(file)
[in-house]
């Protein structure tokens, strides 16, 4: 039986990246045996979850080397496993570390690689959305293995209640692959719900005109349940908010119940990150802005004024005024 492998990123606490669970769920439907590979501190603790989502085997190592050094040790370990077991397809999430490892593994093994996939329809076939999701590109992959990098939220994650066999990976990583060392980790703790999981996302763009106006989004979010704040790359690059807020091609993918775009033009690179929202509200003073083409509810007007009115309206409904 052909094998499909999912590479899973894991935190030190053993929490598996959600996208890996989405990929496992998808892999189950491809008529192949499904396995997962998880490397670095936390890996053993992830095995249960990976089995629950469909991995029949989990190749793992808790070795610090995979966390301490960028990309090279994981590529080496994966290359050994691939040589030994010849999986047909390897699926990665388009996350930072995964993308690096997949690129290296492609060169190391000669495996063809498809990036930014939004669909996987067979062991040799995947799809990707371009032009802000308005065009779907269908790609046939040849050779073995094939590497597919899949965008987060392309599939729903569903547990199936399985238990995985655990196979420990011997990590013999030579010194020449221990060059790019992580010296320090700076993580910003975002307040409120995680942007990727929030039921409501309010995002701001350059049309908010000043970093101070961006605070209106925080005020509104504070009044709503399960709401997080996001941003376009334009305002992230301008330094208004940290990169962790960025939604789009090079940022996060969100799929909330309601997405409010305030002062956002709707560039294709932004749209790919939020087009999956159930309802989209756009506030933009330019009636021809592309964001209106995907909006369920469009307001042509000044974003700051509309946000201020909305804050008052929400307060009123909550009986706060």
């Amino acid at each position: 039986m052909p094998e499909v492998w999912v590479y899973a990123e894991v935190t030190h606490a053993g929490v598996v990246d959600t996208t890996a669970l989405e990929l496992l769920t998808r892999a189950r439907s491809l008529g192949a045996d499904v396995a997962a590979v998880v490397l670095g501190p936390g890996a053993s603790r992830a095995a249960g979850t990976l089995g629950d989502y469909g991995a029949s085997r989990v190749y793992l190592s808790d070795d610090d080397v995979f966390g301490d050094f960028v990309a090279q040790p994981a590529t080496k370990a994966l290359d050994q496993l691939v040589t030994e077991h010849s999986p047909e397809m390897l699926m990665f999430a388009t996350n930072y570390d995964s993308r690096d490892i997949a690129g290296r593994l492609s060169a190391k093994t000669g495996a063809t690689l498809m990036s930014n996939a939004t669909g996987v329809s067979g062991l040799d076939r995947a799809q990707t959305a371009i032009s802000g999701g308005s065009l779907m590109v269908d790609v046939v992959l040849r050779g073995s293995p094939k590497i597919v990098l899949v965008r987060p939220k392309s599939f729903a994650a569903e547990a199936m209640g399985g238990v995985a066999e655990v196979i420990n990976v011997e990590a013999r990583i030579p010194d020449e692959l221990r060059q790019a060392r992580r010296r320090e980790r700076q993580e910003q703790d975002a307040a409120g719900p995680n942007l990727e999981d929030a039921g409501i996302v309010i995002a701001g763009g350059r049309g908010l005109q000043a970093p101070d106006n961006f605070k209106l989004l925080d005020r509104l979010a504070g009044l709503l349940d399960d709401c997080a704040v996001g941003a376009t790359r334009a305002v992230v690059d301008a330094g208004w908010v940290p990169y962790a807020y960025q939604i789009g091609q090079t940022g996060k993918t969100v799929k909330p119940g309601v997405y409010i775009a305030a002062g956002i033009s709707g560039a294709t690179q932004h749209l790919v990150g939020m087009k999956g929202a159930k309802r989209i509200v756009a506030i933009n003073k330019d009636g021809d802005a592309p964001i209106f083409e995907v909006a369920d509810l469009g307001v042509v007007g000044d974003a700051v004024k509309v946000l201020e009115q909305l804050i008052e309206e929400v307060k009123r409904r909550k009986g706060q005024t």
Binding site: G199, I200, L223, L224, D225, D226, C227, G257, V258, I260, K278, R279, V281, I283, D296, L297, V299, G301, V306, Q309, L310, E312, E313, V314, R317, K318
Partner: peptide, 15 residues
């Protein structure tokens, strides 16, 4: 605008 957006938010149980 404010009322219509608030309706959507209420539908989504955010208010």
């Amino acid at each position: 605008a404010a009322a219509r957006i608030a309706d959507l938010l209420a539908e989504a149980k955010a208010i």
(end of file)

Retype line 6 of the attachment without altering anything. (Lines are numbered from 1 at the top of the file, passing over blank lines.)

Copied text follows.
């Protein structure tokens, strides 16, 4: 605008 957006938010149980 404010009322219509608030309706959507209420539908989504955010208010």